Integration of the predatory mite Neoseiulus californicus with petroleum spray oil treatments for control of Tetranychus marianae on eggplant
Reddy, Gadi V.P.
MetadataShow full item record
The red spider mite, Tetranychus marianae McGregor (Acari: Tetranychidae), a pest of several vegetable crops and perennials, is widespread in the Pacific Islands, like the Mariana Islands, where it was first reported. Recently, T. marianae has become a serious pest, particularly affecting eggplant. Efforts were therefore made to develop an integrated approach to control of T. marianae. First, indoor experiments on eggplant, Solanum melongena L. (Solanaceae), determined the optimal combination of petroleum spray oil (PSO; Volck® oil spray) with release of Neoseiulus californicus (McGregor) (Acari: Phytoseiidae) for the management of T. marianae. Additionally, studies evaluated the viability of the predatory mites on Guam. The combination of N. californicus with PSOs produced significant control of T. marianae and did not affect the survival of N. californicus. Although dicofol and carbaryl reduced populations of T. marianae, they caused high mortality of N. californicus. Integrating PSO with N. californicus yielded better control of T. marianae than did N. californicus alone. The release of N. californicus at 200 individuals per plant reduced populations of T. marianae more than did other release rates. In addition, N. californicus was able to survive and become established after being released on Guam.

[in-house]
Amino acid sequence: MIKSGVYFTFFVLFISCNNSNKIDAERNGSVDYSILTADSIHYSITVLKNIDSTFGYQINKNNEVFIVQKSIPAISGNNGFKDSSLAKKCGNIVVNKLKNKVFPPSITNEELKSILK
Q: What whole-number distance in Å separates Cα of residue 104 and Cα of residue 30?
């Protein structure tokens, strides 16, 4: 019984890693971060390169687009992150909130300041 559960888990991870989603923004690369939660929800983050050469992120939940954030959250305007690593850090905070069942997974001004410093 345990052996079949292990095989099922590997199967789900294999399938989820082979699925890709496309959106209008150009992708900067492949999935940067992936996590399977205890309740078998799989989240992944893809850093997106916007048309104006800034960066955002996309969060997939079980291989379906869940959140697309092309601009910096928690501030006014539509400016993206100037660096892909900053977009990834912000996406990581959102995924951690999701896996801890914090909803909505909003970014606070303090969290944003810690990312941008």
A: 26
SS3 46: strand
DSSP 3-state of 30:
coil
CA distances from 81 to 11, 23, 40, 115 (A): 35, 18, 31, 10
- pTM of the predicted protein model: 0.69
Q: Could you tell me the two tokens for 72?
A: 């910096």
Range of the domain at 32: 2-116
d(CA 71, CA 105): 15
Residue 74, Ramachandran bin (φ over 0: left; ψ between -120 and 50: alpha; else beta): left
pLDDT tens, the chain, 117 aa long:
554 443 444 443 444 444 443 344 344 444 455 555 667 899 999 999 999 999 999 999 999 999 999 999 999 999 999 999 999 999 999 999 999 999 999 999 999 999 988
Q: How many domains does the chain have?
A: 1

Reddy, G.V.P., and J.R. Bautista. 2012. Integration of the predatory mite Neoseiulus californicus and petroleum spray oil for control of Tetranychus marianae on eggplant, Biocontrol Science and Technology 22: 1211–1220.